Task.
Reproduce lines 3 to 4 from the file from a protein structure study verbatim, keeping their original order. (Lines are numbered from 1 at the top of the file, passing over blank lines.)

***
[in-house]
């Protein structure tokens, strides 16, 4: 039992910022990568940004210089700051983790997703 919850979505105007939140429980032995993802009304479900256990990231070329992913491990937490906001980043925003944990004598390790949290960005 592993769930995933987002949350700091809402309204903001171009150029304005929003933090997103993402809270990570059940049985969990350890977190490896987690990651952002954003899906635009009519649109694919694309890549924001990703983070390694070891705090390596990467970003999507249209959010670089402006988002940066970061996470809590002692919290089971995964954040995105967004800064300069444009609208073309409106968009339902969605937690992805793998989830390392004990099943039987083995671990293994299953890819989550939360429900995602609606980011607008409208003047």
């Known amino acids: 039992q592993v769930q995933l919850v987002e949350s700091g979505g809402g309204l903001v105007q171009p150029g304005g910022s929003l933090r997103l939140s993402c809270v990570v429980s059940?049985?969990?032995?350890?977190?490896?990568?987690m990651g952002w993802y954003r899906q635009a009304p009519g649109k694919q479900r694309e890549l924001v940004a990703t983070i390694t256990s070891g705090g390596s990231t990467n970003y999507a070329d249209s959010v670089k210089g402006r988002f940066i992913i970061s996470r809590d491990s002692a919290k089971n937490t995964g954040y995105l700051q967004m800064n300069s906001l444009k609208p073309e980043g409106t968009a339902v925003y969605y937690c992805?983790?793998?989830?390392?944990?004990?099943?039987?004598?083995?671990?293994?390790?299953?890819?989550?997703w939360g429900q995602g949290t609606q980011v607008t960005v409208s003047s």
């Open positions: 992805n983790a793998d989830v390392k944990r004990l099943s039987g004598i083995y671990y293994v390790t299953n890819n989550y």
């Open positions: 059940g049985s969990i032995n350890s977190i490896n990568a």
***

């Known amino acids: 039992q592993v769930q995933l919850v987002e949350s700091g979505g809402g309204l903001v105007q171009p150029g304005g910022s929003l933090r997103l939140s993402c809270v990570v429980s059940?049985?969990?032995?350890?977190?490896?990568?987690m990651g952002w993802y954003r899906q635009a009304p009519g649109k694919q479900r694309e890549l924001v940004a990703t983070i390694t256990s070891g705090g390596s990231t990467n970003y999507a070329d249209s959010v670089k210089g402006r988002f940066i992913i970061s996470r809590d491990s002692a919290k089971n937490t995964g954040y995105l700051q967004m800064n300069s906001l444009k609208p073309e980043g409106t968009a339902v925003y969605y937690c992805?983790?793998?989830?390392?944990?004990?099943?039987?004598?083995?671990?293994?390790?299953?890819?989550?997703w939360g429900q995602g949290t609606q980011v607008t960005v409208s003047s």
């Open positions: 992805n983790a793998d989830v390392k944990r004990l099943s039987g004598i083995y671990y293994v390790t299953n890819n989550y």